It should come as no surprise to aged care facility operators that the Royal Commission into Aged Care Quality & Safety (Royal Commission”) has started. It held its first hearing in Adelaide on Friday, 18 January 2019.
Perhaps reflecting the overall sentiment to ‘kick’ for-profit businesses (and the businesspeople who run them) in the current political climate, the Royal Commission ‘came out swinging’ and:
- confirmed that Approved Providers need to make themselves available and must not prevent witnesses (such as employees) from attending the Commission.
- warned Approved Providers from prejudicing or disadvantage care recipients, patients and their families or staff from approaching the Commission or giving information because they have approached the Commission or have given information;
- indicated it would be issuing notices to produce information to Approved Providers shortly (and, thus, suggested Approved Providers start preparing immediately);
- suggested that Approved Providers who do not engage with the Commission only draw attention to themselves.
Interestingly, the Royal Commission indicated that it would be comparing data sets – that is, it will be ‘data matching’ the information from Approved Providers against what they had previously reported (such as, for example, what the facility had previously disclosed to the former Aged Care Complaints Commission). This is likely designed to prevent providers ‘singing a song’ to the Royal Commission vastly different from the story (through their reporting and compliance obligations) they have previously told to the relevant government bodies. This will mean document integrity and maintaining comprehensive and detailed records is paramount.
What To Do Next?
Employers should be aware that any person who “intentionally prevents any person who has been summoned to attend as a witness before any Royal Commission from attending as a witness or from producing anything in evidence pursuant to the summons to attend” commits an ‘indictable offence’ which is punishable for imprisonment up to one year (see s 6L Royal Commission Act 1902 (Cth)). Heavy penalties (including potential imprisonment) also apply if an employee is found to have been dismissed or ‘prejudiced’ (such as having shifts cut) as a result of having produced documents or given evidence to the Royal Commission.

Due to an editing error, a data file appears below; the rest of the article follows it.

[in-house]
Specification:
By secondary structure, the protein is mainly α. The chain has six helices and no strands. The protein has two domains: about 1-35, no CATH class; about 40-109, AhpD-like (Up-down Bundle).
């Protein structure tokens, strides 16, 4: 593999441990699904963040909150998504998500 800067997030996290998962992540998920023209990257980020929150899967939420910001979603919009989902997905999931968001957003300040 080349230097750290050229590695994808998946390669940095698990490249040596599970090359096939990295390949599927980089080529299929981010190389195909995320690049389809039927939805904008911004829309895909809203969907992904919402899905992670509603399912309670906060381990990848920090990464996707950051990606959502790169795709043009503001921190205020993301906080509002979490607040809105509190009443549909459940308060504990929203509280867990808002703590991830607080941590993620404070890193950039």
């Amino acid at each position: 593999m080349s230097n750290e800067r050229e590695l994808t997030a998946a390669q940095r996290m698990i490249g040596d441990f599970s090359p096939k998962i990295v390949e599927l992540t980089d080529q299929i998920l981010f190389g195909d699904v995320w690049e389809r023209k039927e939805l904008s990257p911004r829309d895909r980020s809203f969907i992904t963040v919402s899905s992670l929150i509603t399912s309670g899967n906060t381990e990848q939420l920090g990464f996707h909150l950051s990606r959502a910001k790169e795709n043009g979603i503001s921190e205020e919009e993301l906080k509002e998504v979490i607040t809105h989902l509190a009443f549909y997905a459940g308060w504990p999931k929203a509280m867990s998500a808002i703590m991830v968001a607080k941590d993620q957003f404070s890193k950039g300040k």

This means employers will need to be ‘razor sharp’ in their practices should they have any employees threatening any participation in the Royal Commission or who seeks to link any potential involvement in the Royal Commission with any separate and unrelated disciplinary action they are subject to.
Further, the Royal Commission will be shortly issuing ‘Notices to Produce’ information to aged care facility operators.
If you receive a Notice to Produce, you should immediately seek advice from us as the best way to respond within the required timeframe, what documents you are required to provide and how to manage other competing privacy and confidentiality obligations.
We can also assist you seek an extension of time to comply with the ‘Notice to Produce’, if you require.
Employers should note that failure to comply with such a Notice could result in 2 years imprisonment (and the Royal Commission can also issue search warrants on your facility) so the need to comply with such Notices are essential.
Manage your legal obligations and ensure your centre does not experience any reputational damage during this challenging time for aged care providers. Get the specialist help you need from industry experts Workplace Wizards. Contact Managing Director Mark Ritchie on 0458 6444 69 or email@example.com